Nearly one in four children is an immigrant or the children of immigrants. Our classrooms are meeting a growing influx of students who speak little to no English, who are unfamiliar with American culture, and, in some cases, who lack formal education. The children of immigration are here to stay. How we fare in welcoming them and providing support will define who we as a country are for years to come.
In conjunction with the UMKC Division of Diversity and inclusion, the UMKC School of Education is proud to host the screening of the film documentary, I Learn America on October 4 from 6-8 p.m. in its learning Commons (Room 129) at 615 E. 52nd Street. This event is free.
I Learn America highlights four teenagers at the International High School at Lafayette, a Brooklyn, NY, public high school dedicated to newly arrived immigrants where more than 300 students speaking 24 languages from more than 50 countries. These students all strive to master English, adapt to families they haven’t seen in years, and create a future of their own while coming of age in a new land.
Topics the film addresses include:
- The ways in which schools build community
- The similarities and differences of refugees with other immigrant experiences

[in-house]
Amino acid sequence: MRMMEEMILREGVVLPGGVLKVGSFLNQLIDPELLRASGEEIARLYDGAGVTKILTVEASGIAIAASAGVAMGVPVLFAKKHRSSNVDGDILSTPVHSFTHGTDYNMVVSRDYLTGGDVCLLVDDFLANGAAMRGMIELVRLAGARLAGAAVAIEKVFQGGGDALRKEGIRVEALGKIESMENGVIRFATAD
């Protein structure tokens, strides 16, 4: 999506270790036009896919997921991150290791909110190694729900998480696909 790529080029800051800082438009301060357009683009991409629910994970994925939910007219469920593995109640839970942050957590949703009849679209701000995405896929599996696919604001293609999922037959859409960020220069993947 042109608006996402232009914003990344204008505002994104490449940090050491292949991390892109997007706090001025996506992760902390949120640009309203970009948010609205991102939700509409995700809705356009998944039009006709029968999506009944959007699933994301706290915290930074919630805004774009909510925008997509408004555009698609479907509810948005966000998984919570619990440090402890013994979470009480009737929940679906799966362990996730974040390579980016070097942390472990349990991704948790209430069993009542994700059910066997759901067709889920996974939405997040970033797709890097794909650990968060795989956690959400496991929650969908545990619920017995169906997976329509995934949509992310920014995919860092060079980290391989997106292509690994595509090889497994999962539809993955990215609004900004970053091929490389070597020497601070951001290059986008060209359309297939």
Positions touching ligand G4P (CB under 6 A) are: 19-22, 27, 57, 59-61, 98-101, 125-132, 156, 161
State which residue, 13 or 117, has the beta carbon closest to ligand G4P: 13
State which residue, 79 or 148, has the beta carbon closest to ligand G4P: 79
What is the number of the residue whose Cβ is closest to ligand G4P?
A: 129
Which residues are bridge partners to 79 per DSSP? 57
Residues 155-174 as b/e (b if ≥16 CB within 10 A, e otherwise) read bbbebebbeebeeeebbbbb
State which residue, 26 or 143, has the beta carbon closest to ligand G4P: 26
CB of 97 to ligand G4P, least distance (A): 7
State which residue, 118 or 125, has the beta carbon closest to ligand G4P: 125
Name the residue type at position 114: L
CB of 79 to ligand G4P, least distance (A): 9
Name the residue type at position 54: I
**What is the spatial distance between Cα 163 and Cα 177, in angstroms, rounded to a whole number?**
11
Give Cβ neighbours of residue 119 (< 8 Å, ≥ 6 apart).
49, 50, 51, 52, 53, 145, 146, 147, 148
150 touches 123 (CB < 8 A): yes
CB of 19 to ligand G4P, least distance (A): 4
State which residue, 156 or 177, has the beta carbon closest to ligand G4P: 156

- The role of teachers and administrators in creating a shared identity
- How parental expectations impact learning
- What it means to “learn America”
A panel discussion, featuring community members, educators and students, will follow the film screening.
I Learn America is by Jean-Michel Dissard and Gitte Peng, with support from the MacArthur Foundation and the Jerome Foundation. Watch the trailer.
Allyson Hile, director of Language Services for the Kansas City Public Schools; Diane Mora, consultant with the UMKC Regional Professional Development Center; Uzziel Pecina, Ph.D., assistant clinical professor in the UMKC School of Education and Christine Timmerman, assistant dean at the UMKC School of Education) served as the planning committee for this event.